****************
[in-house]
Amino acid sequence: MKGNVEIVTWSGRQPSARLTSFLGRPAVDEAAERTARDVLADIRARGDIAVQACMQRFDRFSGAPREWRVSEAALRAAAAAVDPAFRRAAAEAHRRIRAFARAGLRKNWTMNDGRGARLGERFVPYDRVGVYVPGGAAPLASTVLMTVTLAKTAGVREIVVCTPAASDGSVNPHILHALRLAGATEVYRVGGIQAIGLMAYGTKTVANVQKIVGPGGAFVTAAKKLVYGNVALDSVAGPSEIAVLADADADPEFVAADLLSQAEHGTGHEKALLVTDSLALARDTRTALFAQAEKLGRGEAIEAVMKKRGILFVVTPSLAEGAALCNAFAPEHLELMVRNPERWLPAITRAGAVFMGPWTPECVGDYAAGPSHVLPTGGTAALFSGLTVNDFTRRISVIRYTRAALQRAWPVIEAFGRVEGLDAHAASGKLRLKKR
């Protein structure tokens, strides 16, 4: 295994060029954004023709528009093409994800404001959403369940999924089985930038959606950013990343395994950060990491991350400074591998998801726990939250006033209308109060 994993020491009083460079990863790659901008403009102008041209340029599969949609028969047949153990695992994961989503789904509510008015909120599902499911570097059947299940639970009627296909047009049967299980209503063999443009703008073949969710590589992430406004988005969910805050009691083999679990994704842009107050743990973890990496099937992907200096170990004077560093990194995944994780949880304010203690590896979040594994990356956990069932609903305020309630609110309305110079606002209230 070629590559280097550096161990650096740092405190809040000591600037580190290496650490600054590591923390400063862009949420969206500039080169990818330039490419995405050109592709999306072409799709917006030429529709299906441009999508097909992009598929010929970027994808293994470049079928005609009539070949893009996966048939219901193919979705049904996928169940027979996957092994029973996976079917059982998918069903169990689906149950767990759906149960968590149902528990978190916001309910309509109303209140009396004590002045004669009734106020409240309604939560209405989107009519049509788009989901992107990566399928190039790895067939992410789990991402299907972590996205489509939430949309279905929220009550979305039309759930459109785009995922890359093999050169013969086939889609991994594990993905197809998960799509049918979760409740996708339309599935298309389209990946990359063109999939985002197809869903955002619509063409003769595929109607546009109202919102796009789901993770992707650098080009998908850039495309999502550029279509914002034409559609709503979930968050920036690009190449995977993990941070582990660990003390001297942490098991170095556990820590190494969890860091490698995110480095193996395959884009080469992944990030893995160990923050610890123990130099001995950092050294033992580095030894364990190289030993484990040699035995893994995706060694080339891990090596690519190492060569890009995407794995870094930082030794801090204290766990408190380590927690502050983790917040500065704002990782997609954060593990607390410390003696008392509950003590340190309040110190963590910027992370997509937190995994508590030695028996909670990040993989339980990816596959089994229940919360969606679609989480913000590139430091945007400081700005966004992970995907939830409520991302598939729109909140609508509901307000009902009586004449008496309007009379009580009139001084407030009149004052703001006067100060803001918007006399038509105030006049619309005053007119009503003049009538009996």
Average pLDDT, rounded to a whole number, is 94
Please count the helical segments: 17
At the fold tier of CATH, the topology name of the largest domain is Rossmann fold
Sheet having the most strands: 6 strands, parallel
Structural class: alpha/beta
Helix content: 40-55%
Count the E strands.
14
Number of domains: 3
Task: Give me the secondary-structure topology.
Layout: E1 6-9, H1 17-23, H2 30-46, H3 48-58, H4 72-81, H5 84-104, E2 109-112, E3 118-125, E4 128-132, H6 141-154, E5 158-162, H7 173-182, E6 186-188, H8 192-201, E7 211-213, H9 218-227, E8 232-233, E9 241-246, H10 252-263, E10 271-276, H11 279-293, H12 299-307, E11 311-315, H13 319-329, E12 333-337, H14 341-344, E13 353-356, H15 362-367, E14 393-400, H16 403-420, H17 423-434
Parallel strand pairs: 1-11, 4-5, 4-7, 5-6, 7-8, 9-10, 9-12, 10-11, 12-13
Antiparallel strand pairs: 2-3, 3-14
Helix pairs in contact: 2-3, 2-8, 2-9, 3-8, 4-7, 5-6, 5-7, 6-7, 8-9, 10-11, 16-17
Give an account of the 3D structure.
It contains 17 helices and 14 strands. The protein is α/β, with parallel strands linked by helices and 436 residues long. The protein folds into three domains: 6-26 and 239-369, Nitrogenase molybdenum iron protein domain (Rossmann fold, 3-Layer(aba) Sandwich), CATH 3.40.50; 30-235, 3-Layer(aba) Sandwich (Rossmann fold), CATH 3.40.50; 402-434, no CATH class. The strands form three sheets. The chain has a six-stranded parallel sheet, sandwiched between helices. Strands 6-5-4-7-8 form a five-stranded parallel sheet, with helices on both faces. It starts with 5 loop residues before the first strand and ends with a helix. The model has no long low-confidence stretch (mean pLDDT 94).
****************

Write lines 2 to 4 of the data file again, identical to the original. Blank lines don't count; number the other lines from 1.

Amino acid sequence: MKGNVEIVTWSGRQPSARLTSFLGRPAVDEAAERTARDVLADIRARGDIAVQACMQRFDRFSGAPREWRVSEAALRAAAAAVDPAFRRAAAEAHRRIRAFARAGLRKNWTMNDGRGARLGERFVPYDRVGVYVPGGAAPLASTVLMTVTLAKTAGVREIVVCTPAASDGSVNPHILHALRLAGATEVYRVGGIQAIGLMAYGTKTVANVQKIVGPGGAFVTAAKKLVYGNVALDSVAGPSEIAVLADADADPEFVAADLLSQAEHGTGHEKALLVTDSLALARDTRTALFAQAEKLGRGEAIEAVMKKRGILFVVTPSLAEGAALCNAFAPEHLELMVRNPERWLPAITRAGAVFMGPWTPECVGDYAAGPSHVLPTGGTAALFSGLTVNDFTRRISVIRYTRAALQRAWPVIEAFGRVEGLDAHAASGKLRLKKR
């Protein structure tokens, strides 16, 4: 295994060029954004023709528009093409994800404001959403369940999924089985930038959606950013990343395994950060990491991350400074591998998801726990939250006033209308109060 994993020491009083460079990863790659901008403009102008041209340029599969949609028969047949153990695992994961989503789904509510008015909120599902499911570097059947299940639970009627296909047009049967299980209503063999443009703008073949969710590589992430406004988005969910805050009691083999679990994704842009107050743990973890990496099937992907200096170990004077560093990194995944994780949880304010203690590896979040594994990356956990069932609903305020309630609110309305110079606002209230 070629590559280097550096161990650096740092405190809040000591600037580190290496650490600054590591923390400063862009949420969206500039080169990818330039490419995405050109592709999306072409799709917006030429529709299906441009999508097909992009598929010929970027994808293994470049079928005609009539070949893009996966048939219901193919979705049904996928169940027979996957092994029973996976079917059982998918069903169990689906149950767990759906149960968590149902528990978190916001309910309509109303209140009396004590002045004669009734106020409240309604939560209405989107009519049509788009989901992107990566399928190039790895067939992410789990991402299907972590996205489509939430949309279905929220009550979305039309759930459109785009995922890359093999050169013969086939889609991994594990993905197809998960799509049918979760409740996708339309599935298309389209990946990359063109999939985002197809869903955002619509063409003769595929109607546009109202919102796009789901993770992707650098080009998908850039495309999502550029279509914002034409559609709503979930968050920036690009190449995977993990941070582990660990003390001297942490098991170095556990820590190494969890860091490698995110480095193996395959884009080469992944990030893995160990923050610890123990130099001995950092050294033992580095030894364990190289030993484990040699035995893994995706060694080339891990090596690519190492060569890009995407794995870094930082030794801090204290766990408190380590927690502050983790917040500065704002990782997609954060593990607390410390003696008392509950003590340190309040110190963590910027992370997509937190995994508590030695028996909670990040993989339980990816596959089994229940919360969606679609989480913000590139430091945007400081700005966004992970995907939830409520991302598939729109909140609508509901307000009902009586004449008496309007009379009580009139001084407030009149004052703001006067100060803001918007006399038509105030006049619309005053007119009503003049009538009996």
Average pLDDT, rounded to a whole number, is 94